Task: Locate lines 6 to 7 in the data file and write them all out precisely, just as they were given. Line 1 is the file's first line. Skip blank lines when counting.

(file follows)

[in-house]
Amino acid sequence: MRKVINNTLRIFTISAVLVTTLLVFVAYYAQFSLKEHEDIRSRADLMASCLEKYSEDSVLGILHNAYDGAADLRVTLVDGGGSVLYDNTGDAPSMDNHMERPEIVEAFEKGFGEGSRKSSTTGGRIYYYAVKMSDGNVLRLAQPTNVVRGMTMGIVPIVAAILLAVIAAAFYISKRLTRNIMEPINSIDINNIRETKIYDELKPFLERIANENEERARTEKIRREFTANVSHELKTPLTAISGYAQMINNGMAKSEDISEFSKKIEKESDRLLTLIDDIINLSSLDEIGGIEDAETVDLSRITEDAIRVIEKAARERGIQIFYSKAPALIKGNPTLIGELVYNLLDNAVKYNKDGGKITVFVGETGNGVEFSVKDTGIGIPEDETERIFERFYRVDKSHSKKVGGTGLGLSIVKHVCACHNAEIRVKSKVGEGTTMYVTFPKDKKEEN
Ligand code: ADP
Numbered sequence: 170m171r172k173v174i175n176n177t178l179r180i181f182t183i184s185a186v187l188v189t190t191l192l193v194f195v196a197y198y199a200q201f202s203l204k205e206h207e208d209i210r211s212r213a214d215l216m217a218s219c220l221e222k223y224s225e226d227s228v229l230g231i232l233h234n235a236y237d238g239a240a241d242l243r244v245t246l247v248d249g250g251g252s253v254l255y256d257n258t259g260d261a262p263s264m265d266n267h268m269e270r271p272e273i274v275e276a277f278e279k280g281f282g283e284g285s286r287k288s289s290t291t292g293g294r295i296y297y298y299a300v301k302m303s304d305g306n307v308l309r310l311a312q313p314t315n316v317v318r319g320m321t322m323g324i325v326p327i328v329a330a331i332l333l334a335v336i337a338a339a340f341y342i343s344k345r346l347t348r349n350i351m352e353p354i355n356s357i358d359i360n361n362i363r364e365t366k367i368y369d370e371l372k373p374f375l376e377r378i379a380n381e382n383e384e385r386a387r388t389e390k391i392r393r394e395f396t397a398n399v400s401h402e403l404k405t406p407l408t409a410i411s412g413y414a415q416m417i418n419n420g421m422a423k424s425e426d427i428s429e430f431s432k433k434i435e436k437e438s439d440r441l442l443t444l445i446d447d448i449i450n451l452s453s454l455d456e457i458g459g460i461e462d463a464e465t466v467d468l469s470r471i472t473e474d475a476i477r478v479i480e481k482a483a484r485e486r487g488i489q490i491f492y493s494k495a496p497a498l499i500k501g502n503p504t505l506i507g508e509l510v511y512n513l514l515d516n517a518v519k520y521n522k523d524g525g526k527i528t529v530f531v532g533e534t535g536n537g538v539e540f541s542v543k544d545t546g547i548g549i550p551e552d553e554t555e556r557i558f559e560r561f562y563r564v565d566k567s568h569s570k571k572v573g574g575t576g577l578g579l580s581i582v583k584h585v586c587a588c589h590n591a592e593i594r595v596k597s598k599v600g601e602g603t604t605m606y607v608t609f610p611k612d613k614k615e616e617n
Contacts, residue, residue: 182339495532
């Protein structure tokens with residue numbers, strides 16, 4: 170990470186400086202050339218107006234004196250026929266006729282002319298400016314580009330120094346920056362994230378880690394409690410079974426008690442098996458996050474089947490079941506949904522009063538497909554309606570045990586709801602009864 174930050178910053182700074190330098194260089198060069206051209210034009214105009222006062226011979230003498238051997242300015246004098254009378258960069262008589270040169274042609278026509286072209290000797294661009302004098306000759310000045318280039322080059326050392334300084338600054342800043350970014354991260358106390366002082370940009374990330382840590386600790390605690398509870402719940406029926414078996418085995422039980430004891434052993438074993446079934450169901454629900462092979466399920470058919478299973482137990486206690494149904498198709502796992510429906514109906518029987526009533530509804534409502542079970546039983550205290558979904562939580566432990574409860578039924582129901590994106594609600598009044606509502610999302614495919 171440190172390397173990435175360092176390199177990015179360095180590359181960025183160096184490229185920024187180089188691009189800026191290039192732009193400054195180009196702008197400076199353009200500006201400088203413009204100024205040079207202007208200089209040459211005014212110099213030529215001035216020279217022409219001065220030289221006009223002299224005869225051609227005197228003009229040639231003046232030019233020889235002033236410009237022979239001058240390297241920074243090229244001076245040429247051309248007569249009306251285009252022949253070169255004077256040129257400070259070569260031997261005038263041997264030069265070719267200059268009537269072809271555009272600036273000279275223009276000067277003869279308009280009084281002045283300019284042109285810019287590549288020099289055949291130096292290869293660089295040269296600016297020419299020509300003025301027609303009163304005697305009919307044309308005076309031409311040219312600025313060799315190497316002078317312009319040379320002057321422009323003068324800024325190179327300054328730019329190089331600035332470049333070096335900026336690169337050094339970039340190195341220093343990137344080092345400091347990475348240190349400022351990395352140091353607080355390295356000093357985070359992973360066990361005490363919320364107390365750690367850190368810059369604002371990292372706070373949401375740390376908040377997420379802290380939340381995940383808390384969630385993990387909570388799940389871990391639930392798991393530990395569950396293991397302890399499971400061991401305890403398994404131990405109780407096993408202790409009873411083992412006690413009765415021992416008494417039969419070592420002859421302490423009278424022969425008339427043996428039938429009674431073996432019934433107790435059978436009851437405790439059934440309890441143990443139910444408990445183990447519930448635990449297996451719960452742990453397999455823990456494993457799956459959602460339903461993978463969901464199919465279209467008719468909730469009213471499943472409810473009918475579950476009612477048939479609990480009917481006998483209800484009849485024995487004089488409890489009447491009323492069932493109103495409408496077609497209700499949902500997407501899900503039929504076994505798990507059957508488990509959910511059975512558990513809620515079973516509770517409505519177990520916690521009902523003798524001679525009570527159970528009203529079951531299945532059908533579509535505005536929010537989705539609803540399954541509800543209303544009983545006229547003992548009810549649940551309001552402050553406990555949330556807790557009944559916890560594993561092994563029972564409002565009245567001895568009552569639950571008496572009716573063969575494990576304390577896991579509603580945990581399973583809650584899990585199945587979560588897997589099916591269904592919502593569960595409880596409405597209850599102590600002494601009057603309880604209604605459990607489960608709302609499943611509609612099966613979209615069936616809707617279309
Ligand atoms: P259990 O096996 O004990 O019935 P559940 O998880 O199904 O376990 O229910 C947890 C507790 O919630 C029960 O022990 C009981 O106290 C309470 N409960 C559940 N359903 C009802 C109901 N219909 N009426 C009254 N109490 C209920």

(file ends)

């Protein structure tokens with residue numbers, strides 16, 4: 170990470186400086202050339218107006234004196250026929266006729282002319298400016314580009330120094346920056362994230378880690394409690410079974426008690442098996458996050474089947490079941506949904522009063538497909554309606570045990586709801602009864 174930050178910053182700074190330098194260089198060069206051209210034009214105009222006062226011979230003498238051997242300015246004098254009378258960069262008589270040169274042609278026509286072209290000797294661009302004098306000759310000045318280039322080059326050392334300084338600054342800043350970014354991260358106390366002082370940009374990330382840590386600790390605690398509870402719940406029926414078996418085995422039980430004891434052993438074993446079934450169901454629900462092979466399920470058919478299973482137990486206690494149904498198709502796992510429906514109906518029987526009533530509804534409502542079970546039983550205290558979904562939580566432990574409860578039924582129901590994106594609600598009044606509502610999302614495919 171440190172390397173990435175360092176390199177990015179360095180590359181960025183160096184490229185920024187180089188691009189800026191290039192732009193400054195180009196702008197400076199353009200500006201400088203413009204100024205040079207202007208200089209040459211005014212110099213030529215001035216020279217022409219001065220030289221006009223002299224005869225051609227005197228003009229040639231003046232030019233020889235002033236410009237022979239001058240390297241920074243090229244001076245040429247051309248007569249009306251285009252022949253070169255004077256040129257400070259070569260031997261005038263041997264030069265070719267200059268009537269072809271555009272600036273000279275223009276000067277003869279308009280009084281002045283300019284042109285810019287590549288020099289055949291130096292290869293660089295040269296600016297020419299020509300003025301027609303009163304005697305009919307044309308005076309031409311040219312600025313060799315190497316002078317312009319040379320002057321422009323003068324800024325190179327300054328730019329190089331600035332470049333070096335900026336690169337050094339970039340190195341220093343990137344080092345400091347990475348240190349400022351990395352140091353607080355390295356000093357985070359992973360066990361005490363919320364107390365750690367850190368810059369604002371990292372706070373949401375740390376908040377997420379802290380939340381995940383808390384969630385993990387909570388799940389871990391639930392798991393530990395569950396293991397302890399499971400061991401305890403398994404131990405109780407096993408202790409009873411083992412006690413009765415021992416008494417039969419070592420002859421302490423009278424022969425008339427043996428039938429009674431073996432019934433107790435059978436009851437405790439059934440309890441143990443139910444408990445183990447519930448635990449297996451719960452742990453397999455823990456494993457799956459959602460339903461993978463969901464199919465279209467008719468909730469009213471499943472409810473009918475579950476009612477048939479609990480009917481006998483209800484009849485024995487004089488409890489009447491009323492069932493109103495409408496077609497209700499949902500997407501899900503039929504076994505798990507059957508488990509959910511059975512558990513809620515079973516509770517409505519177990520916690521009902523003798524001679525009570527159970528009203529079951531299945532059908533579509535505005536929010537989705539609803540399954541509800543209303544009983545006229547003992548009810549649940551309001552402050553406990555949330556807790557009944559916890560594993561092994563029972564409002565009245567001895568009552569639950571008496572009716573063969575494990576304390577896991579509603580945990581399973583809650584899990585199945587979560588897997589099916591269904592919502593569960595409880596409405597209850599102590600002494601009057603309880604209604605459990607489960608709302609499943611509609612099966613979209615069936616809707617279309
Ligand atoms: P259990 O096996 O004990 O019935 P559940 O998880 O199904 O376990 O229910 C947890 C507790 O919630 C029960 O022990 C009981 O106290 C309470 N409960 C559940 N359903 C009802 C109901 N219909 N009426 C009254 N109490 C209920």